Monkeys poke each other’s noses, pull hair in odd rituals
Capuchins in Costa Rica engage in strange behaviors to help test and establish social bonds.
In Costa Rica, there’s a group of white-faced capuchin monkeys that occasionally pull out each other’s hair, put their fingers in each other’s noses, and pry open others’ jaws. The behaviors have no obvious purpose, and at times, seem rather unpleasant and risky. One especially mischievous capuchin named Napoleon has been seen plucking cotton-ball sized tufts of hair from other capuchins on multiple occasions—which he then puts in his mouth.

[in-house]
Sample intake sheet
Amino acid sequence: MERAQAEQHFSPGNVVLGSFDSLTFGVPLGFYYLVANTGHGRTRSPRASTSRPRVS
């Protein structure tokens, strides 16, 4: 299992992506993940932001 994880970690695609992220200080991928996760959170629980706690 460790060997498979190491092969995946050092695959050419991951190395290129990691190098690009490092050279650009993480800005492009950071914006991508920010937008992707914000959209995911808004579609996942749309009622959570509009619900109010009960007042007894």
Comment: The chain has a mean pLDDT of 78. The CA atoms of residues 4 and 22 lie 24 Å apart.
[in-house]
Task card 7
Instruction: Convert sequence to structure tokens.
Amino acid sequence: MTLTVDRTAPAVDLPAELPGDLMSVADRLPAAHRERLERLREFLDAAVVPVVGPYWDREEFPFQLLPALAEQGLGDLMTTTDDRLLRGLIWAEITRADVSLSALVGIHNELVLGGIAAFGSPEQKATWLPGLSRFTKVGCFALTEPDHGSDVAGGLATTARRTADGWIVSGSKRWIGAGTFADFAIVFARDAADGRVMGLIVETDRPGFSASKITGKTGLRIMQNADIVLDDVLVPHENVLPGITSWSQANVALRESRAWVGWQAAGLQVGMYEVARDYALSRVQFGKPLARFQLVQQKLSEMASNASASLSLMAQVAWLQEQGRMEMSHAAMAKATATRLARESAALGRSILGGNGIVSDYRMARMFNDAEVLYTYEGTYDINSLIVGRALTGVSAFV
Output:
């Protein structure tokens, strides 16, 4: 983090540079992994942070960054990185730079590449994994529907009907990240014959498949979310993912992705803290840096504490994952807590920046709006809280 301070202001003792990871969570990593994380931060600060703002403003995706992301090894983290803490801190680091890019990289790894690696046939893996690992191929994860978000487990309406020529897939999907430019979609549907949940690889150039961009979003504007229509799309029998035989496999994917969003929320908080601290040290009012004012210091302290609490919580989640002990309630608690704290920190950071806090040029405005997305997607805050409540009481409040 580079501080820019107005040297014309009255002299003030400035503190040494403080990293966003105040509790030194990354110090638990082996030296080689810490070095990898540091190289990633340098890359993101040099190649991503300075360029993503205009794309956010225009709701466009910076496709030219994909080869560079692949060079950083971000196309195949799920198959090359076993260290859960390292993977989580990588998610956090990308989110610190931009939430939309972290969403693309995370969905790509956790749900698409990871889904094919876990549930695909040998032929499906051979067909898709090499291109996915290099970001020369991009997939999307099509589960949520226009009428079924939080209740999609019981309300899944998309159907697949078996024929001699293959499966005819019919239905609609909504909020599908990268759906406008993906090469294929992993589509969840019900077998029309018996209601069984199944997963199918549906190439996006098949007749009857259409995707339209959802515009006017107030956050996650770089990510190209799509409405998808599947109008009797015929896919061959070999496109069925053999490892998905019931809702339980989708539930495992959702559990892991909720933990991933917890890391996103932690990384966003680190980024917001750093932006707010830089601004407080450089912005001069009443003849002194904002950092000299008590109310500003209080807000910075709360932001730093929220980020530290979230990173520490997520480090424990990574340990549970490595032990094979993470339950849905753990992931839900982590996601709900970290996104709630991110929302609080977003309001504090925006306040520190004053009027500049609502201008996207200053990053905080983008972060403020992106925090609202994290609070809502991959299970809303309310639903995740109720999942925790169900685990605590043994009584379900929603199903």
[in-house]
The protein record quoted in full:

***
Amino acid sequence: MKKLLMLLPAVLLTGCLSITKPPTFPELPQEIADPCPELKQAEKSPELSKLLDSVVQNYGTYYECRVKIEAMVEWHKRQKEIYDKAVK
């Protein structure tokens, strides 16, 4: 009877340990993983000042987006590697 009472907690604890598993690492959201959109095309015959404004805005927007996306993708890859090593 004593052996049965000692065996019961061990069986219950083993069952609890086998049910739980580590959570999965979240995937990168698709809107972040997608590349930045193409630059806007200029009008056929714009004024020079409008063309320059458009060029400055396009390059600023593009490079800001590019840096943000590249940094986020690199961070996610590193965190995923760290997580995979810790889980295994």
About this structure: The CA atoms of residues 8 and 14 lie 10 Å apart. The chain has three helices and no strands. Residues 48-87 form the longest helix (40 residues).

“The other monkey would want to have their hair back, and so they would have to try to pry open his mouth,” says Susan Perry, director of the University of California Los Angeles’ Lomas Barbudal Monkey Project, a 30-year-long study of white-faced capuchins in Costa Rica’s Lomas de Barbudal